This becomes a problem for Protestants, most of whom see communion as simply a remembrance meal, some who see it as intrinsically holy and spiritual, and others who are slightly closer to transubstantiation but don't believe that the actual elements are transformed. In general, Protestants don't fret over the fact that they reject a doctrine which has been in force since the very early church fathers. We are comfortable in assuming that in our modern context, we can assert that even though the church fathers believe that's what happened to the bread and wine, they were mistaken in how far they extended the doctrine and belief.
This intersects with inerrancy only in the method by which Protestants believe things. Protestants may say that they don't believe in transubstantiation because it isn't "biblical". They find no evidence for such a detailed doctrine in the Scriptures. They concede that there is to be communion, by the Lord's own institution of it, but they disagree about its purpose.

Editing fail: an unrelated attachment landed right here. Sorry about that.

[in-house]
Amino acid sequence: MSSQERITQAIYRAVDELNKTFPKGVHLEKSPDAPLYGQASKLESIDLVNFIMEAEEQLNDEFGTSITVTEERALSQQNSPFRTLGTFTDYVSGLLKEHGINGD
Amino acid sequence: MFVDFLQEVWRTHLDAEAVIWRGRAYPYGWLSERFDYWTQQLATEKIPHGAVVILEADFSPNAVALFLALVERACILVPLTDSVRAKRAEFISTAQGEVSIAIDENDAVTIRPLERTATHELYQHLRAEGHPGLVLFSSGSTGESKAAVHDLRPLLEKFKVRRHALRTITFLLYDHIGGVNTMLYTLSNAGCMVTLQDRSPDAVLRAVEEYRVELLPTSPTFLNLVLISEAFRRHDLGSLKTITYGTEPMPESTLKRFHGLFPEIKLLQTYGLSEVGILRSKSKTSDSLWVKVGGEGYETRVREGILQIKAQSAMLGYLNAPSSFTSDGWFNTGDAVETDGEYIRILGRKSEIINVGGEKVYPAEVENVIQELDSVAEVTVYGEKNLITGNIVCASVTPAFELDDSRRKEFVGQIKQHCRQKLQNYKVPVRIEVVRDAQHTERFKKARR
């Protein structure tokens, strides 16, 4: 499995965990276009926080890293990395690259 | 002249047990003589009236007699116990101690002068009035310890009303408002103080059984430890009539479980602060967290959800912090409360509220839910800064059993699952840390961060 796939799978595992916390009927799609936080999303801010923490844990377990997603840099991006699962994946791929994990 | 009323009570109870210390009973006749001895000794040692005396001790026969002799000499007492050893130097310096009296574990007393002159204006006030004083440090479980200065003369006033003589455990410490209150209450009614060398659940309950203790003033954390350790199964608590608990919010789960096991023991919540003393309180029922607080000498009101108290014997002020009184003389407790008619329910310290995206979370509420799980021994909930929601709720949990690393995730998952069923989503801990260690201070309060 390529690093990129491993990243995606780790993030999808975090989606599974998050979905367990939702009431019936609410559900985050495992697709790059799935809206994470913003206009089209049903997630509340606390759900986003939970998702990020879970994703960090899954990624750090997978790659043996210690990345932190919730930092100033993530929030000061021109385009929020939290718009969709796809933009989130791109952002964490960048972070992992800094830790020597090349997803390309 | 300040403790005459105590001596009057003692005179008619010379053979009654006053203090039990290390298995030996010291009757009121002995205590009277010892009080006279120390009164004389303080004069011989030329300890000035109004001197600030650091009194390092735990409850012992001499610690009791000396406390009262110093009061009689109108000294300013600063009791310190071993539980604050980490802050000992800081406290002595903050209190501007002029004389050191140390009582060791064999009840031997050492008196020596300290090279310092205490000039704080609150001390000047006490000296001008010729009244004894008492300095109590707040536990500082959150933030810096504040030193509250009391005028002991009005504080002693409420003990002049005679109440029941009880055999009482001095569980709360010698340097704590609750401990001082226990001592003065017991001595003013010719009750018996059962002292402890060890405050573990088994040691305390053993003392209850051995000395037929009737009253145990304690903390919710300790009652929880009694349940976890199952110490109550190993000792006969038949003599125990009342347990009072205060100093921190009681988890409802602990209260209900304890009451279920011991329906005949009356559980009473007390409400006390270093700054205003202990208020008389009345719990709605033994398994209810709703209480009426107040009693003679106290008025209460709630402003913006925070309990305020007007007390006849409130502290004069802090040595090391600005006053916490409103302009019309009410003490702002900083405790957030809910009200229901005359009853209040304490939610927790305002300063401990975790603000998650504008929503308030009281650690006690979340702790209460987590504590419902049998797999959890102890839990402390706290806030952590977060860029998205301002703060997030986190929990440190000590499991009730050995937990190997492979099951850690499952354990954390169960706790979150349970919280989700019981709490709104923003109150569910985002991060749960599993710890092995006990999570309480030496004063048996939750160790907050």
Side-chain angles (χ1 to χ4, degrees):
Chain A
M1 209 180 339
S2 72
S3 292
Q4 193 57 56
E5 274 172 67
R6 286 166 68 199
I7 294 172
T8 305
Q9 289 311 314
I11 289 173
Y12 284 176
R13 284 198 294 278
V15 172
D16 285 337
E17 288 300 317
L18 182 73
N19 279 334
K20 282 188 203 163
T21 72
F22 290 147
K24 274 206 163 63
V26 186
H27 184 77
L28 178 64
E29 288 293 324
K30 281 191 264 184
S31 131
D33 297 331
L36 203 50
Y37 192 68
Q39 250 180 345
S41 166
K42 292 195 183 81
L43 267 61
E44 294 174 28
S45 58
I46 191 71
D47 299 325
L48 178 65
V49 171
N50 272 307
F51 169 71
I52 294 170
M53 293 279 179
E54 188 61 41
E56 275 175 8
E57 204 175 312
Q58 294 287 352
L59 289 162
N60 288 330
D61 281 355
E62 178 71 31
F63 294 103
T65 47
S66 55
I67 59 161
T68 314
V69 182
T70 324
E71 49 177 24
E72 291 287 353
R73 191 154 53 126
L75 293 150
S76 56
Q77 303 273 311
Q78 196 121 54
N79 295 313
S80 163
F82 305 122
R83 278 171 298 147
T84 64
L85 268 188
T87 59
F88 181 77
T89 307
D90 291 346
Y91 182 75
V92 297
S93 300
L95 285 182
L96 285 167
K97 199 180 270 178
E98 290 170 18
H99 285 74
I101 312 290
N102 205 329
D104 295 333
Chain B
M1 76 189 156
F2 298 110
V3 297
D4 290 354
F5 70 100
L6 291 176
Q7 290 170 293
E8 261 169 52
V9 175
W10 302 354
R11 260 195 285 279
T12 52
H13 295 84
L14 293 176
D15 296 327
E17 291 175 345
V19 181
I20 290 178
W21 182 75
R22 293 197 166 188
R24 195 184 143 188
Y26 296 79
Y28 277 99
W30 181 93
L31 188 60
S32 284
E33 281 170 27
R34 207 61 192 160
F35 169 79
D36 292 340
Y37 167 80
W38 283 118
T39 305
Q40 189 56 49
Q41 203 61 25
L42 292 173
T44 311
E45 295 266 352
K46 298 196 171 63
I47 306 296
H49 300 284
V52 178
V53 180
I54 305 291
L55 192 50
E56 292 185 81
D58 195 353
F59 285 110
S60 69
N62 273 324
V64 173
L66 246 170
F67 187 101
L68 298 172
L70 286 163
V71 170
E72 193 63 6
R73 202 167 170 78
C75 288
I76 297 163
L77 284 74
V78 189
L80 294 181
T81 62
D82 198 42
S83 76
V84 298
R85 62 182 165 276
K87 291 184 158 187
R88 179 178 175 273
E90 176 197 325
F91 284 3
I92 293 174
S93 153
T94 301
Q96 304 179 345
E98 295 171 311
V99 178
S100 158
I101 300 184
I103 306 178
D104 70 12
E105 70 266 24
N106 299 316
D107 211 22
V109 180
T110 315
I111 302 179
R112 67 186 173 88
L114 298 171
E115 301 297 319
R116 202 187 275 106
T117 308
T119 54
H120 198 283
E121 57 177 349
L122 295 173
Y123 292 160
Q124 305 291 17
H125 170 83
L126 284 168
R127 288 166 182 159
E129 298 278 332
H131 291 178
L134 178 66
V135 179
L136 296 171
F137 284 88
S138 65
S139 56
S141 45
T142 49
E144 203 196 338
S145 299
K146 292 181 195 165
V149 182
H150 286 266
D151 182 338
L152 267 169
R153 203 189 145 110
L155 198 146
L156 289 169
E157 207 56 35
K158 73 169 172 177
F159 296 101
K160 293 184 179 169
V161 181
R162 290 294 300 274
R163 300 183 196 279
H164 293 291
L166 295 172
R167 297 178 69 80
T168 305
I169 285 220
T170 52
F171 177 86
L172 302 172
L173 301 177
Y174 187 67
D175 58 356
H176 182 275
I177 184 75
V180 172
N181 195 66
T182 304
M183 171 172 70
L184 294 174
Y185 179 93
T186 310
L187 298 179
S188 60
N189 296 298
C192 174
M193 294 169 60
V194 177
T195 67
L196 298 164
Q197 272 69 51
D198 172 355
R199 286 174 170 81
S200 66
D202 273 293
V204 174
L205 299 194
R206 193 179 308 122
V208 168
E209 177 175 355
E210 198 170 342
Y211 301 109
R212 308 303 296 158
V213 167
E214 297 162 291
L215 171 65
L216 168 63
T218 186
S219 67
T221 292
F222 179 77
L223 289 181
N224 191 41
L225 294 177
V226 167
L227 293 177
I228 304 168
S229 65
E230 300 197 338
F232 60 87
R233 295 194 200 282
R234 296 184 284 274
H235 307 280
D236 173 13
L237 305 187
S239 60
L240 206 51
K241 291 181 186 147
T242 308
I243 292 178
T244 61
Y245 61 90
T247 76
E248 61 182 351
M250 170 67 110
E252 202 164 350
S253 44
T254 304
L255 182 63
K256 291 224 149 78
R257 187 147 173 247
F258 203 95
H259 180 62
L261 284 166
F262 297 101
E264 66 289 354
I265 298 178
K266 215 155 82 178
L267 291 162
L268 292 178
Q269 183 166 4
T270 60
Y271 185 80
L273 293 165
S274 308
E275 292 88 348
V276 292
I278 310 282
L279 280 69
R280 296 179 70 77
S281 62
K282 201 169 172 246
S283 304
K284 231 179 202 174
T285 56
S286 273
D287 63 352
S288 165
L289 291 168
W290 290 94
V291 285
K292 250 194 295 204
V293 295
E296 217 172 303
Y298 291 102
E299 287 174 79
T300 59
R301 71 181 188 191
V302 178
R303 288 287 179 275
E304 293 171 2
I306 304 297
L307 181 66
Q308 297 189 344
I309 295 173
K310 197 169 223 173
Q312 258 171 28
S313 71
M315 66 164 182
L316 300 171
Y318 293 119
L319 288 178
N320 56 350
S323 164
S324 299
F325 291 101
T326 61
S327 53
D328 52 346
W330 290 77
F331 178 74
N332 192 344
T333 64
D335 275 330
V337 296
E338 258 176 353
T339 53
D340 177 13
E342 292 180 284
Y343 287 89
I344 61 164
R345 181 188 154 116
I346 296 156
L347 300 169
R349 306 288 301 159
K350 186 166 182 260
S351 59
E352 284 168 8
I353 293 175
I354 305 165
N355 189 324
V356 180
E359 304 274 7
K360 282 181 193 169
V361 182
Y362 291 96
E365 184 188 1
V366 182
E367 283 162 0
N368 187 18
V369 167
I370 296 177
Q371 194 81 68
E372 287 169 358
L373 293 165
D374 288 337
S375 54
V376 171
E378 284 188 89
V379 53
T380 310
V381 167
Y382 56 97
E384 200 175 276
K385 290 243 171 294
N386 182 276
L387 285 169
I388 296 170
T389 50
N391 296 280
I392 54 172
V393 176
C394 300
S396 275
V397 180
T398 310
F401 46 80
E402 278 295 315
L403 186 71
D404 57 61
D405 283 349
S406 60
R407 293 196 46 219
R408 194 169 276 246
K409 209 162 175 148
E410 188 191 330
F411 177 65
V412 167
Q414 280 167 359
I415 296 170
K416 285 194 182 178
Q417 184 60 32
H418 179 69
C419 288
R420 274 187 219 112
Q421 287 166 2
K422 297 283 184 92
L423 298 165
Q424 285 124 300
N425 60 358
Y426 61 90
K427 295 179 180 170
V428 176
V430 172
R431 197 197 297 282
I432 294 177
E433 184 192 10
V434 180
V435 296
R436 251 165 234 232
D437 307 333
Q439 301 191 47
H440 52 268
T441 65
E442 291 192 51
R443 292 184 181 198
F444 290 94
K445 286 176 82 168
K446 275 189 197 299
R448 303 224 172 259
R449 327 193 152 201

At first, it may seem reasonable for Protestants to rely scientifically on the Scriptures for their doctrine, rejecting what seems out of place to them. However, the implications of such an approach are far-reaching. When we reject the conclusions of early Christian leaders who were much closer to the original events and people recorded in Scripture, we are removing the foundations of the religion which we think we are defending. It's like standing in the top of a very tall tree while commanding someone on the ground to chop it down. Once the cut severs the trunk, it will take a while for the highest tip of the tree to fall to the ground, but there can be no doubt that gravity will eventually pull it from its lofty height.
In order for Christianity to sustain itself, there must be a quantifiable level of trust in its beginnings and in its early teachers.